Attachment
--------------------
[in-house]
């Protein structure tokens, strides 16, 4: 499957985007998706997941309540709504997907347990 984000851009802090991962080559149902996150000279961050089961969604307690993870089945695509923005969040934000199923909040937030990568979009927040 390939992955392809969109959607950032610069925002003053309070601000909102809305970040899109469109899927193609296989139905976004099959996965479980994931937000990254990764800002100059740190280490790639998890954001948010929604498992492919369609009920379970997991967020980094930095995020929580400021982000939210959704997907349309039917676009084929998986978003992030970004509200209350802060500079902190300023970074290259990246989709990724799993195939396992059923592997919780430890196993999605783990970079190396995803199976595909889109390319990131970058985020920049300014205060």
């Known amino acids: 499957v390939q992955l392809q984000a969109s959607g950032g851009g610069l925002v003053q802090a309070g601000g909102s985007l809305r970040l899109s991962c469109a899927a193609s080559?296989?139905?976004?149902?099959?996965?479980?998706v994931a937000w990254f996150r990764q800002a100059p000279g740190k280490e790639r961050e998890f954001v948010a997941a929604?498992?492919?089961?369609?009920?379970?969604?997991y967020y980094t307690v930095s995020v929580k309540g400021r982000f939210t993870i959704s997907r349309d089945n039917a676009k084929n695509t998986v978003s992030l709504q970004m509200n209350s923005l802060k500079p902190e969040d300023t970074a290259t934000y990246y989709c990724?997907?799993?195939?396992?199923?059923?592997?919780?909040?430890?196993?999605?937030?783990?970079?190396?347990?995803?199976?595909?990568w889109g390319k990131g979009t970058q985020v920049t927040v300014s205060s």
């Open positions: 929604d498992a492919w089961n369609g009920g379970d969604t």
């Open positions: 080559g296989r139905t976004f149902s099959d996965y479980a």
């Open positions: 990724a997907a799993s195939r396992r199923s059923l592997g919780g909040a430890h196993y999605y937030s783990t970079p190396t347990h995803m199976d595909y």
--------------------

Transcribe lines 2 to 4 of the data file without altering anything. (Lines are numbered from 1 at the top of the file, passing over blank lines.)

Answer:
């Protein structure tokens, strides 16, 4: 499957985007998706997941309540709504997907347990 984000851009802090991962080559149902996150000279961050089961969604307690993870089945695509923005969040934000199923909040937030990568979009927040 390939992955392809969109959607950032610069925002003053309070601000909102809305970040899109469109899927193609296989139905976004099959996965479980994931937000990254990764800002100059740190280490790639998890954001948010929604498992492919369609009920379970997991967020980094930095995020929580400021982000939210959704997907349309039917676009084929998986978003992030970004509200209350802060500079902190300023970074290259990246989709990724799993195939396992059923592997919780430890196993999605783990970079190396995803199976595909889109390319990131970058985020920049300014205060």
């Known amino acids: 499957v390939q992955l392809q984000a969109s959607g950032g851009g610069l925002v003053q802090a309070g601000g909102s985007l809305r970040l899109s991962c469109a899927a193609s080559?296989?139905?976004?149902?099959?996965?479980?998706v994931a937000w990254f996150r990764q800002a100059p000279g740190k280490e790639r961050e998890f954001v948010a997941a929604?498992?492919?089961?369609?009920?379970?969604?997991y967020y980094t307690v930095s995020v929580k309540g400021r982000f939210t993870i959704s997907r349309d089945n039917a676009k084929n695509t998986v978003s992030l709504q970004m509200n209350s923005l802060k500079p902190e969040d300023t970074a290259t934000y990246y989709c990724?997907?799993?195939?396992?199923?059923?592997?919780?909040?430890?196993?999605?937030?783990?970079?190396?347990?995803?199976?595909?990568w889109g390319k990131g979009t970058q985020v920049t927040v300014s205060s």
């Open positions: 929604d498992a492919w089961n369609g009920g379970d969604t």